1. Ethanol is very rarely used in American cars.
Most likely, you're using ethanol in your car without even knowing it. In many regions, small amounts of ethanol are blended with gasoline to reduce emissions. Mixtures as high as E10 (10 percent ethanol and 90 percent gasoline) are safe for use in most vehicles.
Much of the news lately has been about fuel blends that have higher ethanol content. The most common is E85 (85 percent ethanol and 15 percent gasoline), which only can be used in vehicles that are designed for that fuel.
2. Using ethanol will eliminate global warming.
One might expect that by using E85, net carbon dioxide emissions would be almost zero. The crops used to make the ethanol absorb CO2 from the atmosphere during their growth, then this CO2 is put back into the atmosphere when the ethanol is burned in an automobile engine. In reality, this cycle is overly simplistic because it fails to recognize other greenhouse gas emissions that occur during the cultivation and production of ethanol. Modern farming, for example, relies heavily on diesel-powered equipment that emits greenhouse gases. Distilling ethanol is also an energy-intensive process that often uses electricity generated from coal, another source of greenhouse emissions.
Researchers at the University of California at Berkeley recently examined six major studies of ethanol production and concluded that using ethanol made from corn instead of gasoline would lead to a moderate 13 percent reduction in greenhouse emissions. However, the researchers note that more dramatic reductions are possible if technology advances make it economical to make ethanol from cellulosic materials such as switchgrass, a crop currently grown by some U.S. farmers to control erosion on idle fields. Using cellulosic ethanol, they project, could result in 88 percent less greenhouse gas emissions.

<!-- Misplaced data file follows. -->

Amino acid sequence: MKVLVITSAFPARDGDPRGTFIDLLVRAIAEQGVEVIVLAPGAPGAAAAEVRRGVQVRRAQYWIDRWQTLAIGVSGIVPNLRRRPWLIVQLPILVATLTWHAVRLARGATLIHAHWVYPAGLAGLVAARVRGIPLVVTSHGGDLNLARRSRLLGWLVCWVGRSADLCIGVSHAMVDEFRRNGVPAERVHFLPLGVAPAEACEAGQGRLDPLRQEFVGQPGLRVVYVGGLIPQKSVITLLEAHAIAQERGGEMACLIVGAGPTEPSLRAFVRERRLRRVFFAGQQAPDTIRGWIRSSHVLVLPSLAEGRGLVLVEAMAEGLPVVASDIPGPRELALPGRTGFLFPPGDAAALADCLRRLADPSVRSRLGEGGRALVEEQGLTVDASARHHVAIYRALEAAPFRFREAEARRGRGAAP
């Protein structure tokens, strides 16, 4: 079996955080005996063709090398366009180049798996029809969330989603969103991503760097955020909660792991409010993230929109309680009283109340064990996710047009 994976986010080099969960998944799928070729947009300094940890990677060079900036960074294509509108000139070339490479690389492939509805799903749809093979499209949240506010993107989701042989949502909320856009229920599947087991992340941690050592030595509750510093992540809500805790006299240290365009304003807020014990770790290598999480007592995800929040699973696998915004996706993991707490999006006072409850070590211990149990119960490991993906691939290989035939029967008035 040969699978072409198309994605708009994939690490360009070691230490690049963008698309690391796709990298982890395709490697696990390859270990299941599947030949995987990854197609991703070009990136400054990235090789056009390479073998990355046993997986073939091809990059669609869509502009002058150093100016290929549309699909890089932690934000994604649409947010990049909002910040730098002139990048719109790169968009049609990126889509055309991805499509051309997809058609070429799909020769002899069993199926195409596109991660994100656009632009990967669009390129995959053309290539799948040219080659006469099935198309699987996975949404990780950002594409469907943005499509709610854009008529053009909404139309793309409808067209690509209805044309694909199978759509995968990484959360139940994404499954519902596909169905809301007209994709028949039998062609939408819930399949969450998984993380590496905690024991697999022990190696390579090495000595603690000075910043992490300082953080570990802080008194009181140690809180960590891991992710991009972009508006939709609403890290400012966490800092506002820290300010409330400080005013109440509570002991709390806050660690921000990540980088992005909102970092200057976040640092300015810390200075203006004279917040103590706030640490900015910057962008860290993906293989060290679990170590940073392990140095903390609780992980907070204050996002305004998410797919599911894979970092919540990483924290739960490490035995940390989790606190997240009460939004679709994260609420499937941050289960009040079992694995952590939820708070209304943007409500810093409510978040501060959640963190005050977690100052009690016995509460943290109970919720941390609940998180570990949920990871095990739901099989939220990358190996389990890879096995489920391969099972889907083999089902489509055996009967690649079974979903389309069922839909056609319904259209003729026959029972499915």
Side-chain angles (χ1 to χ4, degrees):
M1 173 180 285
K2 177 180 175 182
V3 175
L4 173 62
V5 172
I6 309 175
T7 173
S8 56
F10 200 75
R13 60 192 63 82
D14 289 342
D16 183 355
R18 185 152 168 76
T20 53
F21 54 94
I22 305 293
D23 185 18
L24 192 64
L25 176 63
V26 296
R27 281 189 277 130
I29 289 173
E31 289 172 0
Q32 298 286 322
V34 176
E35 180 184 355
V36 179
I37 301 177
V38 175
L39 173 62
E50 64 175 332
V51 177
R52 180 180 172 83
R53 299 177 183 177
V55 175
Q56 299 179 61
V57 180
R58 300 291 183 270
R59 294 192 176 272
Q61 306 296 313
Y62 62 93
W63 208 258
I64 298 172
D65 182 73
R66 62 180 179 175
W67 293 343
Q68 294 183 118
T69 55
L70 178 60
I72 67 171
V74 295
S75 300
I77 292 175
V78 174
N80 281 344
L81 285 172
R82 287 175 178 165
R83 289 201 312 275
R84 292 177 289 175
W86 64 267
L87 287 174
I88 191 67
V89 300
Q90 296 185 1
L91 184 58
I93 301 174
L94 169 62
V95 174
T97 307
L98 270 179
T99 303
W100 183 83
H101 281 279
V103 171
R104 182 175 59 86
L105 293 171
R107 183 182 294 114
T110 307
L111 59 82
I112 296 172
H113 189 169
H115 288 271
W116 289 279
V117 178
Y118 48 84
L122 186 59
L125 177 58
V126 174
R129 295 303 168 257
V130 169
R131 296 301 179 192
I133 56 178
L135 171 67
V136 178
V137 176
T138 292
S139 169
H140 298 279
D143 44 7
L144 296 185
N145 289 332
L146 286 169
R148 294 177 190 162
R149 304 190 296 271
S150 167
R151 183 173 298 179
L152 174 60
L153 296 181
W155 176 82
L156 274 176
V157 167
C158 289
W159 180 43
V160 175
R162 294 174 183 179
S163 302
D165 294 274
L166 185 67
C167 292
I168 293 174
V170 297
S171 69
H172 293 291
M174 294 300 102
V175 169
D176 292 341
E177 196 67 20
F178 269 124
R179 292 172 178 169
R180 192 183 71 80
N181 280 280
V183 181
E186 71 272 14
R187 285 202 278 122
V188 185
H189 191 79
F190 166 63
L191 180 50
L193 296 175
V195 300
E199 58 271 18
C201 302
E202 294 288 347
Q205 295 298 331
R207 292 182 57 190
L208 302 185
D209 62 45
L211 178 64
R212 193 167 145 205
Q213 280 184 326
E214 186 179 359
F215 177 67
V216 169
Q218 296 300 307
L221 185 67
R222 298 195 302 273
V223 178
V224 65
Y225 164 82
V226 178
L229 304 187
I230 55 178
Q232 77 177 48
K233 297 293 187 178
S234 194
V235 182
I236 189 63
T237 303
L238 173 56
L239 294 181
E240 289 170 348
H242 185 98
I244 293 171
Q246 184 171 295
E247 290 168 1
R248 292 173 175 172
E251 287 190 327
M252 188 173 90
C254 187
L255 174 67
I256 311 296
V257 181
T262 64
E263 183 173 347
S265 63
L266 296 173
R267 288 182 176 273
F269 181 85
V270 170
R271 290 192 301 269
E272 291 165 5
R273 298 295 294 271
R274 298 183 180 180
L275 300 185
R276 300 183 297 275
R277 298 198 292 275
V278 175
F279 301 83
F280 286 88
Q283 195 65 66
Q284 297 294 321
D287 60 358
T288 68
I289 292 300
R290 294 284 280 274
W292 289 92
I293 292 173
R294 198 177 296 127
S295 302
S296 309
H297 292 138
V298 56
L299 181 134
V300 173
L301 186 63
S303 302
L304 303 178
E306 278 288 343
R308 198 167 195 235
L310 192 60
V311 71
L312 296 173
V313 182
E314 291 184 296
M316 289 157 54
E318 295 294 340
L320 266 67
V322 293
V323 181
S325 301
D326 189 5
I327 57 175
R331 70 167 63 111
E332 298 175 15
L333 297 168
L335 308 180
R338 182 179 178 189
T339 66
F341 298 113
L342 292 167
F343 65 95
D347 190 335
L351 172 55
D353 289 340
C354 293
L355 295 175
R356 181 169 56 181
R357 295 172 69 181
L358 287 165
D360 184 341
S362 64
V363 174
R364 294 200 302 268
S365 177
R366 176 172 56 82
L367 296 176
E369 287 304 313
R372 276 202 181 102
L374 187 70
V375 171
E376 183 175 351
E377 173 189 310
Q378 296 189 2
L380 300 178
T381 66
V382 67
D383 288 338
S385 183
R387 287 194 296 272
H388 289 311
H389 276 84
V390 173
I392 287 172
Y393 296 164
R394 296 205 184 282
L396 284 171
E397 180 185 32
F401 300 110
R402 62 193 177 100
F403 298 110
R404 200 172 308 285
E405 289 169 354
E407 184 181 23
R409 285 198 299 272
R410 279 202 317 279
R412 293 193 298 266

The UC Berkeley study also contradicts a common criticism of ethanol: that it takes more energy to produce it than it delivers as a motor fuel. The study concludes that ethanol made from corn does indeed have a positive "net energy balance," particularly if you consider that other valuable products, such as corn oil, are byproducts of the ethanol-making process.
3. Ethanol is cheaper than gasoline.
Data on fuel prices from the Department of Energy shows that in the Midwest-where much of the country's ethanol is produced-E85 sells for nearly 30 cents less per gallon than conventional gasoline. However, on the West Coast, filling up with ethanol would cost a driver 35 cents more per gallon. In the mid-Atlantic states, E85 had an even higher premium: 44 cents per gallon.
The higher price of E85 in many areas is made worse by another of ethanol's drawbacks: ethanol, regardless of the price you pay for it, contains less energy than gasoline. This means that your car won't go as far on a gallon of E85, and your fuel economy will decrease by 20-30 percent. This is bad news for consumers because even if the price of E85 at the pump is cheaper than gasoline, using ethanol may not be less expensive in the end.
4. Ethanol-ready vehicles are equally available in all sizes.
If you're looking for small, fuel-efficient vehicles that use E85, you may be disappointed. Roughly half the available flexible-fuel vehicles are full-sized pickups or SUVs.
Automakers' tendency to make their largest vehicles E85 compatible is rooted in America's fuel economy rules. Since 1988, automakers have been allowed to assign flexible-fuel vehicles higher fuel economy ratings under the government's CAFE fuel economy regulations. This means that a vehicle like an SUV that averages 13 mpg could be rated at roughly 23 mpg for CAFE purposes, even if its owner never fueled it with E85.
In fact, very few flex-fuel vehicles are using E85, largely because it's not widely available. The DOE lists more than 600 E85 stations in the United States, but nearly half of those are in two states: Minnesota and Illinois. Other areas, even populous ones, have little E85 infrastructure. For example, New York, California, Texas and Florida have just 15 E85 stations combined, only two of which allow sales to the general public.